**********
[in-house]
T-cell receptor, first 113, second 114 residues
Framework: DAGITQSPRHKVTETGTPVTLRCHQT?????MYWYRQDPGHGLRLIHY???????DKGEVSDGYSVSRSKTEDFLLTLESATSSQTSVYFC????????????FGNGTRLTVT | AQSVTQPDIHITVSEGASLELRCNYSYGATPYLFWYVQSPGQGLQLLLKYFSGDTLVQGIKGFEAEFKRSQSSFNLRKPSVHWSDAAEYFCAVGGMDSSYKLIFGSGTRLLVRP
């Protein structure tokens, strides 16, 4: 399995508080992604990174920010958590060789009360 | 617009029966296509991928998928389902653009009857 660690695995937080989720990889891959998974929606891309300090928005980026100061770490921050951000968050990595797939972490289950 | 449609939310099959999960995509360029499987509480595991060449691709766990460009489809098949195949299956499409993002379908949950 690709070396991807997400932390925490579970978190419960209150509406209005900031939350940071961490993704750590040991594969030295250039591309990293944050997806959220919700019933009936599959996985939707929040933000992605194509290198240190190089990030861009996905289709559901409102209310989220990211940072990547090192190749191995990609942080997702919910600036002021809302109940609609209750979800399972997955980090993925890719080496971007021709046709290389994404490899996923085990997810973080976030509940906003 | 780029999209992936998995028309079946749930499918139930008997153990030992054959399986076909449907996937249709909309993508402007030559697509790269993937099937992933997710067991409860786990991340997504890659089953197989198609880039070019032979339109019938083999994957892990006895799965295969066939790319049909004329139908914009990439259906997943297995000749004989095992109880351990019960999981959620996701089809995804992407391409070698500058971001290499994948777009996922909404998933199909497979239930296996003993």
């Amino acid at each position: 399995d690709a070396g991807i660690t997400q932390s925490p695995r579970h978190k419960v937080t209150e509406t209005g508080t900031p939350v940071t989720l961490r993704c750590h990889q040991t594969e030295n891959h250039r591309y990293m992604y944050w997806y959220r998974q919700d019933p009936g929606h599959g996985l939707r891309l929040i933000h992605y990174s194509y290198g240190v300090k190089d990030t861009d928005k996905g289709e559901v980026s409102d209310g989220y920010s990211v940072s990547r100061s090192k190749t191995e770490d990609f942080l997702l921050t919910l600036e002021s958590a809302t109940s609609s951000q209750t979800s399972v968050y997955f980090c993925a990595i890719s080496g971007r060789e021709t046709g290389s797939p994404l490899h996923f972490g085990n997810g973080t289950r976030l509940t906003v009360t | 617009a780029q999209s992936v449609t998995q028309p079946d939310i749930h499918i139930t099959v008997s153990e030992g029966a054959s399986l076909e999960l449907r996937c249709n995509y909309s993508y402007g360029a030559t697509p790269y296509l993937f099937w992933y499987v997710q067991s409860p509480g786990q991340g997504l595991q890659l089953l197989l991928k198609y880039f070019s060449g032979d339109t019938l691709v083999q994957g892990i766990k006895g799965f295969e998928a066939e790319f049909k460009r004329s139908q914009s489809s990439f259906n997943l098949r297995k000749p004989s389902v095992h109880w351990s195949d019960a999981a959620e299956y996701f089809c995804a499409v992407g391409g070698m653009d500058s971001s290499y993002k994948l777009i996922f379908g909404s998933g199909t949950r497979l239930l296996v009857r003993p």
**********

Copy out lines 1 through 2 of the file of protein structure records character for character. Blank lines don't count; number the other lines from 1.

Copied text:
[in-house]
T-cell receptor, first 113, second 114 residues